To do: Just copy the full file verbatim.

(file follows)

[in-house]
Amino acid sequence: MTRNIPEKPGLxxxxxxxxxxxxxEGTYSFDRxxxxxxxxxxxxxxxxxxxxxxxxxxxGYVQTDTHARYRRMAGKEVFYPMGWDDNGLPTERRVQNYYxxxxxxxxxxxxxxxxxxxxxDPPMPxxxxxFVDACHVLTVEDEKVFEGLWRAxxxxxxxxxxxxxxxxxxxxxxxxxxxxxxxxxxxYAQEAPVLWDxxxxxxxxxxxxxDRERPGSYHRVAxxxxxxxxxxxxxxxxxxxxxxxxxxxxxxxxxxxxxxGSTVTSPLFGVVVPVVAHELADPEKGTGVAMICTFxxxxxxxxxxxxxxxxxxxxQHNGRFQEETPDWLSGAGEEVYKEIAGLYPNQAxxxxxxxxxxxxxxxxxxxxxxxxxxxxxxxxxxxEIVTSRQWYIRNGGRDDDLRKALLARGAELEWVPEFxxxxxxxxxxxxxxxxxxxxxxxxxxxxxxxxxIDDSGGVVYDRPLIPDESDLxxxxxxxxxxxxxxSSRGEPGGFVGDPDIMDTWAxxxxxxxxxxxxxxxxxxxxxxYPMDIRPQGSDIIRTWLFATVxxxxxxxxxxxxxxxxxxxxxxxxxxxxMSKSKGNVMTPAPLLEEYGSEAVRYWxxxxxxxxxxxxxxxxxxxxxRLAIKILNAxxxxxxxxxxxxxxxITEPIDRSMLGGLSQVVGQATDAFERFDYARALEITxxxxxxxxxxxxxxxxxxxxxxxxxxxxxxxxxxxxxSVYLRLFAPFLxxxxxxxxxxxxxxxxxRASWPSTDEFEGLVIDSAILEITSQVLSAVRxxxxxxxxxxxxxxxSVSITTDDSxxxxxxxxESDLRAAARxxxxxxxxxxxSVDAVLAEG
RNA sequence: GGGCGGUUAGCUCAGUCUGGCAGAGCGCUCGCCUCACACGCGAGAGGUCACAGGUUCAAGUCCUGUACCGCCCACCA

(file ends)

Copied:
[in-house]
Amino acid sequence: MTRNIPEKPGLxxxxxxxxxxxxxEGTYSFDRxxxxxxxxxxxxxxxxxxxxxxxxxxxGYVQTDTHARYRRMAGKEVFYPMGWDDNGLPTERRVQNYYxxxxxxxxxxxxxxxxxxxxxDPPMPxxxxxFVDACHVLTVEDEKVFEGLWRAxxxxxxxxxxxxxxxxxxxxxxxxxxxxxxxxxxxYAQEAPVLWDxxxxxxxxxxxxxDRERPGSYHRVAxxxxxxxxxxxxxxxxxxxxxxxxxxxxxxxxxxxxxxGSTVTSPLFGVVVPVVAHELADPEKGTGVAMICTFxxxxxxxxxxxxxxxxxxxxQHNGRFQEETPDWLSGAGEEVYKEIAGLYPNQAxxxxxxxxxxxxxxxxxxxxxxxxxxxxxxxxxxxEIVTSRQWYIRNGGRDDDLRKALLARGAELEWVPEFxxxxxxxxxxxxxxxxxxxxxxxxxxxxxxxxxIDDSGGVVYDRPLIPDESDLxxxxxxxxxxxxxxSSRGEPGGFVGDPDIMDTWAxxxxxxxxxxxxxxxxxxxxxxYPMDIRPQGSDIIRTWLFATVxxxxxxxxxxxxxxxxxxxxxxxxxxxxMSKSKGNVMTPAPLLEEYGSEAVRYWxxxxxxxxxxxxxxxxxxxxxRLAIKILNAxxxxxxxxxxxxxxxITEPIDRSMLGGLSQVVGQATDAFERFDYARALEITxxxxxxxxxxxxxxxxxxxxxxxxxxxxxxxxxxxxxSVYLRLFAPFLxxxxxxxxxxxxxxxxxRASWPSTDEFEGLVIDSAILEITSQVLSAVRxxxxxxxxxxxxxxxSVSITTDDSxxxxxxxxESDLRAAARxxxxxxxxxxxSVDAVLAEG
RNA sequence: GGGCGGUUAGCUCAGUCUGGCAGAGCGCUCGCCUCACACGCGAGAGGUCACAGGUUCAAGUCCUGUACCGCCCACCA